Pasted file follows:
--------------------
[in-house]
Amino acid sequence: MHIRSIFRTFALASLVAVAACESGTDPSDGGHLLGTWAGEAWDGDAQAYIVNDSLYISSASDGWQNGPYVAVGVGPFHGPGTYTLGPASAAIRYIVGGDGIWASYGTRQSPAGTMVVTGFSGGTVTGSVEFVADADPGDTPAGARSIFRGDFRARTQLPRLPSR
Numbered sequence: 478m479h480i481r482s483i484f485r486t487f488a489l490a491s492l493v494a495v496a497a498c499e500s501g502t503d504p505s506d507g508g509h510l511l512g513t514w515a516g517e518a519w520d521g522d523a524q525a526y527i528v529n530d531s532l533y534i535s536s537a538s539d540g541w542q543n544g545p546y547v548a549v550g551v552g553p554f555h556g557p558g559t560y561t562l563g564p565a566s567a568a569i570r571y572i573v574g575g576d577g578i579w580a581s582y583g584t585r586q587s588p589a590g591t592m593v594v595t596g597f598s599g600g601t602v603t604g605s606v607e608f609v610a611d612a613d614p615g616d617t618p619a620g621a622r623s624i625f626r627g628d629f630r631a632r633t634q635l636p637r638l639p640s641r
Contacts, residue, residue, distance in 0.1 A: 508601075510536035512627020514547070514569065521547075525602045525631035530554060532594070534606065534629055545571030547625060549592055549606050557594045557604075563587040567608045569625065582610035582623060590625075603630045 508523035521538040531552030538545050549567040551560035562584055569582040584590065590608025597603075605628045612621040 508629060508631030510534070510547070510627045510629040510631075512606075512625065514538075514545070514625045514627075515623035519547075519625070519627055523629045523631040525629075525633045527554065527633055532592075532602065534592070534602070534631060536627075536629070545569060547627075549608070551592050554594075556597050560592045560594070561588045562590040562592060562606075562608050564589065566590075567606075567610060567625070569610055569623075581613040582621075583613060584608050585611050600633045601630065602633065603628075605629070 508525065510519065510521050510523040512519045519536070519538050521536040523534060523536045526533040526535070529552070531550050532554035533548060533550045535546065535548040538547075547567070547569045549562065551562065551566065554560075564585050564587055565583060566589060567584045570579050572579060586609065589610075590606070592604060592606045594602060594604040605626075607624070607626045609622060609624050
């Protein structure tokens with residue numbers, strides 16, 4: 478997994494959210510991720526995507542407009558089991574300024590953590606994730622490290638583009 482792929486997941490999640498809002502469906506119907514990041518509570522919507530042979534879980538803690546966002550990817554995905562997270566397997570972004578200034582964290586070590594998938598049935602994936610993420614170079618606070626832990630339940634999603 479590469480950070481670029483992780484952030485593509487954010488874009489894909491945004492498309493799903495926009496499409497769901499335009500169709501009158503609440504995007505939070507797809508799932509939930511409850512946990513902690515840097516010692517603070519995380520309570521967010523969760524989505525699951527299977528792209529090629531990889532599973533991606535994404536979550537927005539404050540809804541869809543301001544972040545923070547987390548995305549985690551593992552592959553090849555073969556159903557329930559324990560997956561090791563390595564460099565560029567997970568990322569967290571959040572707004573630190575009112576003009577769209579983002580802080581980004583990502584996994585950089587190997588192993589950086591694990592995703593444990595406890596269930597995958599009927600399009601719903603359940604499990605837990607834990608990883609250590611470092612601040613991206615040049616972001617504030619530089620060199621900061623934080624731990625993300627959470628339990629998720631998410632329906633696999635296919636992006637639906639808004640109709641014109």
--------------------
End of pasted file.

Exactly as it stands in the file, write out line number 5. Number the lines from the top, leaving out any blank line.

């Protein structure tokens with residue numbers, strides 16, 4: 478997994494959210510991720526995507542407009558089991574300024590953590606994730622490290638583009 482792929486997941490999640498809002502469906506119907514990041518509570522919507530042979534879980538803690546966002550990817554995905562997270566397997570972004578200034582964290586070590594998938598049935602994936610993420614170079618606070626832990630339940634999603 479590469480950070481670029483992780484952030485593509487954010488874009489894909491945004492498309493799903495926009496499409497769901499335009500169709501009158503609440504995007505939070507797809508799932509939930511409850512946990513902690515840097516010692517603070519995380520309570521967010523969760524989505525699951527299977528792209529090629531990889532599973533991606535994404536979550537927005539404050540809804541869809543301001544972040545923070547987390548995305549985690551593992552592959553090849555073969556159903557329930559324990560997956561090791563390595564460099565560029567997970568990322569967290571959040572707004573630190575009112576003009577769209579983002580802080581980004583990502584996994585950089587190997588192993589950086591694990592995703593444990595406890596269930597995958599009927600399009601719903603359940604499990605837990607834990608990883609250590611470092612601040613991206615040049616972001617504030619530089620060199621900061623934080624731990625993300627959470628339990629998720631998410632329906633696999635296919636992006637639906639808004640109709641014109």